Smith's Criminal Case Compendium

Smith's Criminal Case Compendium

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This compendium includes significant criminal cases by the U.S. Supreme Court & N.C. appellate courts, Nov. 2008 – Present. Selected 4th Circuit cases also are included.

Jessica Smith prepared case summaries Nov. 2008-June 4, 2019; later summaries are prepared by other School staff.

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E.g., 10/18/2021
E.g., 10/18/2021
In Re Baker, 220 N.C. App. 108 (Apr. 17, 2012)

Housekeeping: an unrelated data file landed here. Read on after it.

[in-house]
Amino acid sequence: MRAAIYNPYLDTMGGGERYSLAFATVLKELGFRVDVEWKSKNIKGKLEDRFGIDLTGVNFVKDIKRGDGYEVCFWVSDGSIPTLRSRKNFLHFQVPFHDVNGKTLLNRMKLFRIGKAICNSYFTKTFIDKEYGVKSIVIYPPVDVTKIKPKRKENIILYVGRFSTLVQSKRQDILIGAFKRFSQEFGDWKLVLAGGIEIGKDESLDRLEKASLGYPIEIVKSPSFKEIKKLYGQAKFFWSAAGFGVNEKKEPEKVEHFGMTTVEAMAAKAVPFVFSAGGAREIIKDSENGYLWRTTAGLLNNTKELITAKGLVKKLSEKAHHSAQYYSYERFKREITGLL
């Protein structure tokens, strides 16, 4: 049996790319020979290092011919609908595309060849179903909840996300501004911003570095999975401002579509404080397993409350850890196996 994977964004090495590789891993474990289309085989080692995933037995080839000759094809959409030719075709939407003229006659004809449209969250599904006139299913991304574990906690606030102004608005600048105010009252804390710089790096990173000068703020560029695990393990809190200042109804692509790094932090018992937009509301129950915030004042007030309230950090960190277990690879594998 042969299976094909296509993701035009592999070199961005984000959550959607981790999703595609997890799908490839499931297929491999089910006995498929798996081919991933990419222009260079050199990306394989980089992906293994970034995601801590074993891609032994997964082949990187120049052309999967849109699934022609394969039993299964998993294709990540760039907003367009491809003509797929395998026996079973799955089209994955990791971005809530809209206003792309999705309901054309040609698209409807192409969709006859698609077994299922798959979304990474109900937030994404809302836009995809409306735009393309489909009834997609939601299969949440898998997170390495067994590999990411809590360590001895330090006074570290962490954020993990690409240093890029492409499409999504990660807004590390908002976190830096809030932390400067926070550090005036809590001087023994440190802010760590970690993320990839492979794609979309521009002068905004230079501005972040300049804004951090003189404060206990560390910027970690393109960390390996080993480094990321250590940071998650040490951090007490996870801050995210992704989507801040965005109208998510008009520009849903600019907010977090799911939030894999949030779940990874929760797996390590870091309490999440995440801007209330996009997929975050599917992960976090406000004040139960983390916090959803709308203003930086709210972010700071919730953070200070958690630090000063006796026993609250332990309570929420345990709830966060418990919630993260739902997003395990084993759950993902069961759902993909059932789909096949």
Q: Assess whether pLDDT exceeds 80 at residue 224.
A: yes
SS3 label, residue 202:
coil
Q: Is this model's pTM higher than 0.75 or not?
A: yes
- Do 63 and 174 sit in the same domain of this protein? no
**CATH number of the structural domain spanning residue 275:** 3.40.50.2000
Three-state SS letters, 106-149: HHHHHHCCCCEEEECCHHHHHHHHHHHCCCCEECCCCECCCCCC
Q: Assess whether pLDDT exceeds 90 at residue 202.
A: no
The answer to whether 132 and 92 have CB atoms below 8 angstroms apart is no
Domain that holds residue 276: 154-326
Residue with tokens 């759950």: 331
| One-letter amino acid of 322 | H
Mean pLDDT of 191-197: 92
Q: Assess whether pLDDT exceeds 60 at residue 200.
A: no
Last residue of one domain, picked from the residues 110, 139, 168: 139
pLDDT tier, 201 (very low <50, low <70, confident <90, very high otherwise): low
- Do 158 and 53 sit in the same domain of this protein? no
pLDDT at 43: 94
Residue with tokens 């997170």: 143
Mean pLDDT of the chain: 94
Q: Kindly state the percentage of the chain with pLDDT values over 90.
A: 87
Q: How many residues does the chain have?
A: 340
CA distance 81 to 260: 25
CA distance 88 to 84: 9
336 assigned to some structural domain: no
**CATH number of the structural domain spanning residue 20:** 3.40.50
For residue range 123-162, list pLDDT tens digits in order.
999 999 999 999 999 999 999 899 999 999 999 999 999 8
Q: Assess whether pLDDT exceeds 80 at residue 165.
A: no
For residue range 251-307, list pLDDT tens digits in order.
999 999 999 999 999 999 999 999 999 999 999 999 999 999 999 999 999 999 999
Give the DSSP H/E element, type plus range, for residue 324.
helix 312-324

Where search warrants were unsealed in accordance with procedures set forth in a Senior Resident Superior Court Judge’s administrative order and where the State failed to make a timely motion to extend the period for which the documents were sealed, the trial judge did not err by unsealing the documents. At least 13 search warrants were issued in an investigation. As each was issued, the State moved to have the warrant and return sealed. Various judges granted these motions, ordering the warrants and returns sealed “until further order of the Court.” However, an administrative order in place at the time provided that an order directing that a warrant or other document be sealed “shall expire in 30 days unless a different expiration date is specified in the order.” Subsequently, media organizations made a made a public records request for search warrants more than thirty days old and the State filed motions to extend the orders sealing the documents. A trial judge ordered that search warrants sealed for more than thirty days at the time of the request be unsealed. The State appealed. The court began by rejecting the State’s argument that the trial court erred by failing to give effect to the language in the original orders that the records remain sealed “until further order of the Court.” The court noted the validity of the administrative order and the fact that the trial judge acted in compliance with it. The court also rejected the State’s argument that the trial judge erred by having the previously sealed documents delivered without any motion, hearing, or notice to the State and without findings of fact. The court noted that the administrative order afforded an opportunity and corresponding procedure for the trial court to balance the right of access to records against the governmental interests sought to be protected by the prior orders. Specifically, the State could make a motion to extend the orders. Here, however, the State failed to make a timely motion to extend the orders. Therefore, the court concluded, the administrative order did not require the trial court to balance the right to access against the governmental interests in protecting against premature release. The court further found that the State had sufficient notice given that all relevant officials were aware of the administrative order.

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